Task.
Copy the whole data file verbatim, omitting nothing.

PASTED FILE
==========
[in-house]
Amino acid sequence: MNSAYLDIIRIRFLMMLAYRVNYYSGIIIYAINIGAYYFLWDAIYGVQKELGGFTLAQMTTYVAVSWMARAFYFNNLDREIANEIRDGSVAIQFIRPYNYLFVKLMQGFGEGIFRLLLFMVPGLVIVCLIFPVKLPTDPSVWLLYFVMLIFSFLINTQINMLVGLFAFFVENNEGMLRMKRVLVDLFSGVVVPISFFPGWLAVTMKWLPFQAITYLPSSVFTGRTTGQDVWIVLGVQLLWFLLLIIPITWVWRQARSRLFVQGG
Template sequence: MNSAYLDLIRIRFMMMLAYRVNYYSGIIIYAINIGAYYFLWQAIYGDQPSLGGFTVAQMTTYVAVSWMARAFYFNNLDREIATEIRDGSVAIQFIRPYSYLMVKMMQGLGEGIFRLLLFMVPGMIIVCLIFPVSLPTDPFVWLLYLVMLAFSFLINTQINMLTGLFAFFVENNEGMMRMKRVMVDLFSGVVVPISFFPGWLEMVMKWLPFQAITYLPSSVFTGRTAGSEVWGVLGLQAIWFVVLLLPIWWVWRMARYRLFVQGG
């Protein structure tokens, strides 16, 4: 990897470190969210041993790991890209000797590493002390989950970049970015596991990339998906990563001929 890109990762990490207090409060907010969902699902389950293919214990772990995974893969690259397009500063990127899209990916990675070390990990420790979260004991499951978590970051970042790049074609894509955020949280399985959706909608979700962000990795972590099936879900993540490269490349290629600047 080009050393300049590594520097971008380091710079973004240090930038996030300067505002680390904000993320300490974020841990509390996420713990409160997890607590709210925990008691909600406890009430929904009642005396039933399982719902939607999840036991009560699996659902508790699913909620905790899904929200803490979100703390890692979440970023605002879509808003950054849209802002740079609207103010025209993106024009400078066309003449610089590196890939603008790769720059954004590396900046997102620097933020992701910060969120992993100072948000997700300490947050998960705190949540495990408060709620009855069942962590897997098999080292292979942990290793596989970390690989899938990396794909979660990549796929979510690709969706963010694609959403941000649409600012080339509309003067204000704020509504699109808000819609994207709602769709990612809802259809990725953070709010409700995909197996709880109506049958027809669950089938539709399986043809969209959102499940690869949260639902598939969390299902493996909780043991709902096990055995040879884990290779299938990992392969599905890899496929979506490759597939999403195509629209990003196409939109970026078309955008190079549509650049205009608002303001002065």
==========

[in-house]
Amino acid sequence: MNSAYLDIIRIRFLMMLAYRVNYYSGIIIYAINIGAYYFLWDAIYGVQKELGGFTLAQMTTYVAVSWMARAFYFNNLDREIANEIRDGSVAIQFIRPYNYLFVKLMQGFGEGIFRLLLFMVPGLVIVCLIFPVKLPTDPSVWLLYFVMLIFSFLINTQINMLVGLFAFFVENNEGMLRMKRVLVDLFSGVVVPISFFPGWLAVTMKWLPFQAITYLPSSVFTGRTTGQDVWIVLGVQLLWFLLLIIPITWVWRQARSRLFVQGG
Template sequence: MNSAYLDLIRIRFMMMLAYRVNYYSGIIIYAINIGAYYFLWQAIYGDQPSLGGFTVAQMTTYVAVSWMARAFYFNNLDREIATEIRDGSVAIQFIRPYSYLMVKMMQGLGEGIFRLLLFMVPGMIIVCLIFPVSLPTDPFVWLLYLVMLAFSFLINTQINMLTGLFAFFVENNEGMMRMKRVMVDLFSGVVVPISFFPGWLEMVMKWLPFQAITYLPSSVFTGRTAGSEVWGVLGLQAIWFVVLLLPIWWVWRMARYRLFVQGG
């Protein structure tokens, strides 16, 4: 990897470190969210041993790991890209000797590493002390989950970049970015596991990339998906990563001929 890109990762990490207090409060907010969902699902389950293919214990772990995974893969690259397009500063990127899209990916990675070390990990420790979260004991499951978590970051970042790049074609894509955020949280399985959706909608979700962000990795972590099936879900993540490269490349290629600047 080009050393300049590594520097971008380091710079973004240090930038996030300067505002680390904000993320300490974020841990509390996420713990409160997890607590709210925990008691909600406890009430929904009642005396039933399982719902939607999840036991009560699996659902508790699913909620905790899904929200803490979100703390890692979440970023605002879509808003950054849209802002740079609207103010025209993106024009400078066309003449610089590196890939603008790769720059954004590396900046997102620097933020992701910060969120992993100072948000997700300490947050998960705190949540495990408060709620009855069942962590897997098999080292292979942990290793596989970390690989899938990396794909979660990549796929979510690709969706963010694609959403941000649409600012080339509309003067204000704020509504699109808000819609994207709602769709990612809802259809990725953070709010409700995909197996709880109506049958027809669950089938539709399986043809969209959102499940690869949260639902598939969390299902493996909780043991709902096990055995040879884990290779299938990992392969599905890899496929979506490759597939999403195509629209990003196409939109970026078309955008190079549509650049205009608002303001002065």